The Long Hard Road to Machu Picchu

MacPicLongDIstGetting to Machu Picchu on a budget is not as straightforward as you might think – the journey to this wonderful site can be a real challenge and, at times, is certainly not for the faint-hearted! If you want to visit while spending as little cash as possible be prepared for arduous walks, nerve-shredding drives and times of overwhelming exhaustion. Read on to find out how I sorted tickets and travel arrangements before I made my way from Lima to the mountain citadel via Cusco and Aguas Calientes.


My travel companion and I were warned by a previous visitor to Machu Picchu that booking tickets in advance was best to ensure you make it to the ruins on your chosen day as visitor numbers are limited on a day-to-day basis. Heeding this advice we used the Peruvian government’s official site to book tickets three months in advance. We paid extra to scale montaña as we were told the views of Machu Picchu from this point were spectacular. In total our tickets came to roughly £50 per person which I felt was quite reasonable for visiting such a famous location.

One thing I think important to mention regards the email you receive from the government confirming payment for your ticket. This email includes a link to the selfsame government site which allows you to check in and print off the tickets you need to enter the site. This link is easy to miss and we only discovered it the day before we were due to set off for Aguas Calientes which necessitated a mad dash around Cusco to get them printed off. I would highly recommend checking this email thoroughly and printing tickets well in advance to save you the hassles we had to undertake at the last minute.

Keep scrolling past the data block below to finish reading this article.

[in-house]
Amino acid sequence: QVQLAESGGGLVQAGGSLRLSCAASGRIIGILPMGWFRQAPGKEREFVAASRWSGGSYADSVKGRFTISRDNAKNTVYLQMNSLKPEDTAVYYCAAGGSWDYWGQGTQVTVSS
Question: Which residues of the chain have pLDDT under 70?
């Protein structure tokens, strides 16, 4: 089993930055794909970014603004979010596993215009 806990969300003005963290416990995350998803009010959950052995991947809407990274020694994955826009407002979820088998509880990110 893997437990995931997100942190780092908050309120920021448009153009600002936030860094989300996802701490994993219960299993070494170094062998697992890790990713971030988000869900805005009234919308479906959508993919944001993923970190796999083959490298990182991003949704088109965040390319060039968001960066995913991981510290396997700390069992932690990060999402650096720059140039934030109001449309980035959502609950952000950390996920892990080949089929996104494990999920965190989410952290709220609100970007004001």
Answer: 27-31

Additionally, the site used to book tickets is notoriously unreliable and we fell foul to one of its many eccentricities. When I was purchasing the tickets I entered my companion’s and my own details with the utmost care and treble checked everything in my usual fastidious manner before submitting. The system, however, still managed to reset my travel mate’s sex to male and her nationality to Afghani. Thankfully, as the name, passport number and date of birth were accurate, this didn’t stop her from entering the site but it did cause unnecessary stress in the lead up to our visit. Log in using the link in the email you receive straightaway to make sure everything has gone through without error – this will give you plenty of time to rectify any major issues should any arise.

Getting to Machu Picchu

Getting to Machu Picchu isn’t easy. You can’t just turn up on its doorstep, even if you take the more expensive and luxurious methods of getting there. If you want to get there on the cheap be prepared for a long hard slog to reach the reward at your journey’s conclusion.